This ancient temple dates back to 27BC, and was converted into a church in the 7th century. The interior’s massive columns and dome are staggering.

Open: 9am-6.30pm Monday to Saturday, 9am-1pm Sundays

Tickets: Free


Trevi Fountain

Toss two coins into this extravagant Baroque fountain and legend is you’ll fall in love with an Italian – although possibly not the one you hit with your flying euros.



Possibly Rome’s most famous site, it was completed in 80 AD and was originally capable of seating about 50,000 spectators whose blood lust was sated by watching gladiatorial contests and other sometimes grisly public spectacles.

Open: 9am-4.30pm mid-February to mid-March, 9am-5pm mid-March-end of March, 9am-7pm end of March to end of August, 9am-6.30pm end of August to end of September, 9am-6pm end of September to end of October, 9am-4pm end of October to mid-February

Tickets: Adult €15.50

Spanish steps

Here’ your chance to channel Audrey Hepburn in Roman Holiday by lolling like a true Roman on the Spanish Steps.


The Vatican

You’ll need a full day to explore the Vatican, from the immense St Peter’s Basilica and Square to the Michelangelo-inspired Sistine Chapel. Get there early for the latter as the crowds can be horrific. Arrange your visit on Wednesday morning to catch the pope’s weekly blessing.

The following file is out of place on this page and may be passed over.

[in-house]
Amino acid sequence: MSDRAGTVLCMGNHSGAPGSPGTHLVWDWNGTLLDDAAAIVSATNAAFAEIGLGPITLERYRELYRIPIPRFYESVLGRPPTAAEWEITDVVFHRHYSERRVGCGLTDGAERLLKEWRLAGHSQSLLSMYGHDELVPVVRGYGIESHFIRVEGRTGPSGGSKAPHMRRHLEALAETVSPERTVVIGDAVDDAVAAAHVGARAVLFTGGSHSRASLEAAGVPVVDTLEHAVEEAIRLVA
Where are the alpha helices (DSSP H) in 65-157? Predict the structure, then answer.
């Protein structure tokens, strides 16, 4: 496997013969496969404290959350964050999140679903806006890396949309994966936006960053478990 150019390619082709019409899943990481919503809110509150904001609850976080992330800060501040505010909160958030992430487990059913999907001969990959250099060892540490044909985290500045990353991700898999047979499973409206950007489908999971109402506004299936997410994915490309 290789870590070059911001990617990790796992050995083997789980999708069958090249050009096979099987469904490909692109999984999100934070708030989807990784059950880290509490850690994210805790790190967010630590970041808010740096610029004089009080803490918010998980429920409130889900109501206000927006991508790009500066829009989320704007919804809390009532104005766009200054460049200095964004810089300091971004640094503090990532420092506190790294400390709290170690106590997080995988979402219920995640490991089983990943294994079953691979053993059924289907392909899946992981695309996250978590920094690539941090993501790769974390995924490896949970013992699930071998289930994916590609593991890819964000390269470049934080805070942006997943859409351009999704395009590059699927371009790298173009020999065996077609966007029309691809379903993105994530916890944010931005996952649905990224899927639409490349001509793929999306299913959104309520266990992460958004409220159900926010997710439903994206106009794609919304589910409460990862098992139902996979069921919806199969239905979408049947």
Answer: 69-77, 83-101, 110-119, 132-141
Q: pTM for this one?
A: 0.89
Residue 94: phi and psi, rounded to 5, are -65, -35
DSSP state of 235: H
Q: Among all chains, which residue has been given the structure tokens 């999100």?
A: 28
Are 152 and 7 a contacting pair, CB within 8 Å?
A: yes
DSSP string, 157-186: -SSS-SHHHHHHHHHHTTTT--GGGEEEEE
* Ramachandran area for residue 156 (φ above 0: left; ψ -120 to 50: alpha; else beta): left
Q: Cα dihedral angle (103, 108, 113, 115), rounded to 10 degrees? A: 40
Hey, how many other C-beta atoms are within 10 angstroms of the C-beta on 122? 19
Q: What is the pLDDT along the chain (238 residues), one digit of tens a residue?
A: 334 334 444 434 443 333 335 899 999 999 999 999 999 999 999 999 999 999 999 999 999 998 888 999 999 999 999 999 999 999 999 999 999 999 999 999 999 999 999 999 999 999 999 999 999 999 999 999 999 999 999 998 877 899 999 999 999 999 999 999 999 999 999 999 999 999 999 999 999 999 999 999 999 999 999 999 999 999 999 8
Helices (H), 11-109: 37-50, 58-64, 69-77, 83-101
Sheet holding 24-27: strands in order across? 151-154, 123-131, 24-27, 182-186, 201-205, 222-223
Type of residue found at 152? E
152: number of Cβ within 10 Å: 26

Open: 9am-6pm Monday to Saturday Note: ticket office shuts at 4pm

Closed: Sundays, January 1st, January 6th, February 11th, March 19th, April 5th & 6th, May 1st, June 29th, August 15th, December 8th, 25th & 26th

Tickets: Adult €16, Note free entrance from 9am-12.30pm on the last Sunday of every month unless that coincides with Catholic religious holidays.

Piazza heaven

No other Italian city quite does public squares, known as piazzas, quite like Rome. Do not miss the incredible Piazza Navona, featuring Bernini’s masterpiece of a fountain in the centre fountain.

Campo de-Fiori has a lively flower and vegetable market most mornings and is a magnet for young Romans out for a good time in the evenings. Say hi to Giordano Bruno, a monk who was burned at the stake for heresy in 1600, whose statue watches over the square.